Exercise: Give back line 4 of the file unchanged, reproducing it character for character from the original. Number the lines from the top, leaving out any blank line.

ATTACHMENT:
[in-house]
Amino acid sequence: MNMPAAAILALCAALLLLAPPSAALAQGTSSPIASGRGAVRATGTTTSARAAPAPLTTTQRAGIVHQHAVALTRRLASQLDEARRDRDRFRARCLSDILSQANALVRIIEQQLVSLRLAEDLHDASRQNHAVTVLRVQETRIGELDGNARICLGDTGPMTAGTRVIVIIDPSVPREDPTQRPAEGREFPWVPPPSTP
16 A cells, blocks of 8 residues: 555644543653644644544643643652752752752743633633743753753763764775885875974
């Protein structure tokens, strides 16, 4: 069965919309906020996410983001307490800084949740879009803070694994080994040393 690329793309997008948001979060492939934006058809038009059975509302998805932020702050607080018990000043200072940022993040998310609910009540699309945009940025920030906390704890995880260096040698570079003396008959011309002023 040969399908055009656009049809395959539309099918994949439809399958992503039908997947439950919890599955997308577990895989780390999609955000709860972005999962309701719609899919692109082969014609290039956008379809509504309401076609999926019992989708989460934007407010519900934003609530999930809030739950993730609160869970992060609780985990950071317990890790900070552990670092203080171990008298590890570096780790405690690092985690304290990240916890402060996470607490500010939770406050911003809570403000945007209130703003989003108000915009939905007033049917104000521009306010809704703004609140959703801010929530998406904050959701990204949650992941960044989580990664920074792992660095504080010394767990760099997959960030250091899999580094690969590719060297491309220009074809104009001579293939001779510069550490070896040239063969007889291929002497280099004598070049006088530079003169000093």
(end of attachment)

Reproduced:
């Protein structure tokens, strides 16, 4: 069965919309906020996410983001307490800084949740879009803070694994080994040393 690329793309997008948001979060492939934006058809038009059975509302998805932020702050607080018990000043200072940022993040998310609910009540699309945009940025920030906390704890995880260096040698570079003396008959011309002023 040969399908055009656009049809395959539309099918994949439809399958992503039908997947439950919890599955997308577990895989780390999609955000709860972005999962309701719609899919692109082969014609290039956008379809509504309401076609999926019992989708989460934007407010519900934003609530999930809030739950993730609160869970992060609780985990950071317990890790900070552990670092203080171990008298590890570096780790405690690092985690304290990240916890402060996470607490500010939770406050911003809570403000945007209130703003989003108000915009939905007033049917104000521009306010809704703004609140959703801010929530998406904050959701990204949650992941960044989580990664920074792992660095504080010394767990760099997959960030250091899999580094690969590719060297491309220009074809104009001579293939001779510069550490070896040239063969007889291929002497280099004598070049006088530079003169000093």